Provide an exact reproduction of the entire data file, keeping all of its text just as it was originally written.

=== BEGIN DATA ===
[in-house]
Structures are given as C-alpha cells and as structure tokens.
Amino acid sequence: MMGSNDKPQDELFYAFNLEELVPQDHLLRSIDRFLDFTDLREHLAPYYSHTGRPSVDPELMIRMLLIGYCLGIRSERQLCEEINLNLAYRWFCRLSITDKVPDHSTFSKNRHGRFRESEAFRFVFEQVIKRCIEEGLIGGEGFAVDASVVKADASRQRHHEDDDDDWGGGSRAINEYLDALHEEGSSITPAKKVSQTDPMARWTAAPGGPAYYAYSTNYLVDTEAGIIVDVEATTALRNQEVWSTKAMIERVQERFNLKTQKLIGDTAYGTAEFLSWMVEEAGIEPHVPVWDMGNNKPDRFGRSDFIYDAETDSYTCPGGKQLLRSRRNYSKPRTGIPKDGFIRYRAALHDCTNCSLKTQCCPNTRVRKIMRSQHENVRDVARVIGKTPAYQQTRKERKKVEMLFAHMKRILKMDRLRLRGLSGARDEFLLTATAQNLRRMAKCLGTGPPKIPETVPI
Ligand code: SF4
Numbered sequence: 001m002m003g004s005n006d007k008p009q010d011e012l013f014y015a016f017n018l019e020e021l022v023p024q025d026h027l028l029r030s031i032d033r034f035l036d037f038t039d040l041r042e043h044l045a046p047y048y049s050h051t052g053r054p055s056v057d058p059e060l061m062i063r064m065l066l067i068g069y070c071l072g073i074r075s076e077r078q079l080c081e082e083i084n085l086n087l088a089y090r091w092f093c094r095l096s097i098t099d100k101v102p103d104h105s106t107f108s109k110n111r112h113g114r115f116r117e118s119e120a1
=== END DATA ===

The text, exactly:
[in-house]
Structures are given as C-alpha cells and as structure tokens.
Amino acid sequence: MMGSNDKPQDELFYAFNLEELVPQDHLLRSIDRFLDFTDLREHLAPYYSHTGRPSVDPELMIRMLLIGYCLGIRSERQLCEEINLNLAYRWFCRLSITDKVPDHSTFSKNRHGRFRESEAFRFVFEQVIKRCIEEGLIGGEGFAVDASVVKADASRQRHHEDDDDDWGGGSRAINEYLDALHEEGSSITPAKKVSQTDPMARWTAAPGGPAYYAYSTNYLVDTEAGIIVDVEATTALRNQEVWSTKAMIERVQERFNLKTQKLIGDTAYGTAEFLSWMVEEAGIEPHVPVWDMGNNKPDRFGRSDFIYDAETDSYTCPGGKQLLRSRRNYSKPRTGIPKDGFIRYRAALHDCTNCSLKTQCCPNTRVRKIMRSQHENVRDVARVIGKTPAYQQTRKERKKVEMLFAHMKRILKMDRLRLRGLSGARDEFLLTATAQNLRRMAKCLGTGPPKIPETVPI
Ligand code: SF4
Numbered sequence: 001m002m003g004s005n006d007k008p009q010d011e012l013f014y015a016f017n018l019e020e021l022v023p024q025d026h027l028l029r030s031i032d033r034f035l036d037f038t039d040l041r042e043h044l045a046p047y048y049s050h051t052g053r054p055s056v057d058p059e060l061m062i063r064m065l066l067i068g069y070c071l072g073i074r075s076e077r078q079l080c081e082e083i084n085l086n087l088a089y090r091w092f093c094r095l096s097i098t099d100k101v102p103d104h105s106t107f108s109k110n111r112h113g114r115f116r117e118s119e120a1